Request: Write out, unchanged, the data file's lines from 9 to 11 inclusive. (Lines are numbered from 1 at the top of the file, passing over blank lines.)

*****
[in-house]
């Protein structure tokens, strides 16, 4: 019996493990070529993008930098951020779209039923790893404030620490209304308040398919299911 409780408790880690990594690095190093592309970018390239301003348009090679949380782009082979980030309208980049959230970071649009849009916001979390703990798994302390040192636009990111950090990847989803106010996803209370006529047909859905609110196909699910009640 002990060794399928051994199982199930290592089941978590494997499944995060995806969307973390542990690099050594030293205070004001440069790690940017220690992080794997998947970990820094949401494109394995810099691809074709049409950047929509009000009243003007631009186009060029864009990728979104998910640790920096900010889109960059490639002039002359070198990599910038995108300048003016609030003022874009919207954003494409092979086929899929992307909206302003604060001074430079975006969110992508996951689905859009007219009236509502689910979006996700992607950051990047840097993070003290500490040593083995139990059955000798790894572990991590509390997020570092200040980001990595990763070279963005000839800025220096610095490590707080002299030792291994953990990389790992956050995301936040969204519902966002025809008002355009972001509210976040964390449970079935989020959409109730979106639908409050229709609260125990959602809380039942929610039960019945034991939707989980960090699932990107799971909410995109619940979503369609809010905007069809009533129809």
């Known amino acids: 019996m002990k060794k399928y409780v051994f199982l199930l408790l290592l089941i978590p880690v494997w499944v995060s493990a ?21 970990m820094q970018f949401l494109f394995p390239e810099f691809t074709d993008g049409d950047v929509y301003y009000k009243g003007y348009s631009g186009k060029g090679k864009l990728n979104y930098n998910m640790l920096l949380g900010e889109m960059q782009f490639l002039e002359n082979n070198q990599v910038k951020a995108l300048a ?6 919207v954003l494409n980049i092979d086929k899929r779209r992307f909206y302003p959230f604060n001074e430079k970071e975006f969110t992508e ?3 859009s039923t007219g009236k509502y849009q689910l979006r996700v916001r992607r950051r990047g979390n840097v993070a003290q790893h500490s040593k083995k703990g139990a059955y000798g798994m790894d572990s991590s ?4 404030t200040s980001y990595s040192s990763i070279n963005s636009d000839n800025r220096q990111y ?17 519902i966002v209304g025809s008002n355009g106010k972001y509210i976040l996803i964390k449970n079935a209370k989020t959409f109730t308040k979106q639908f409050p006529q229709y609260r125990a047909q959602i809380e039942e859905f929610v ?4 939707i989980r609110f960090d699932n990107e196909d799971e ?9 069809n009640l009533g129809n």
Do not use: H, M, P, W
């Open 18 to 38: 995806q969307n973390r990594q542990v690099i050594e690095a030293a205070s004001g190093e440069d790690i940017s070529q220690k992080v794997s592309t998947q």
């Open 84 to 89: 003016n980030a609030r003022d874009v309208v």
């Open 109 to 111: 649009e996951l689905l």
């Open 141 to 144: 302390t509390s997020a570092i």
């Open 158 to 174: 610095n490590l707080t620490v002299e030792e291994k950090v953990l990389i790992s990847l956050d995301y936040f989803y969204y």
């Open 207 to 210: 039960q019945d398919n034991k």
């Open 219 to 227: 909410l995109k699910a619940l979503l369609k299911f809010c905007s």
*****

């Open 158 to 174: 610095n490590l707080t620490v002299e030792e291994k950090v953990l990389i790992s990847l956050d995301y936040f989803y969204y």
């Open 207 to 210: 039960q019945d398919n034991k």
């Open 219 to 227: 909410l995109k699910a619940l979503l369609k299911f809010c905007s």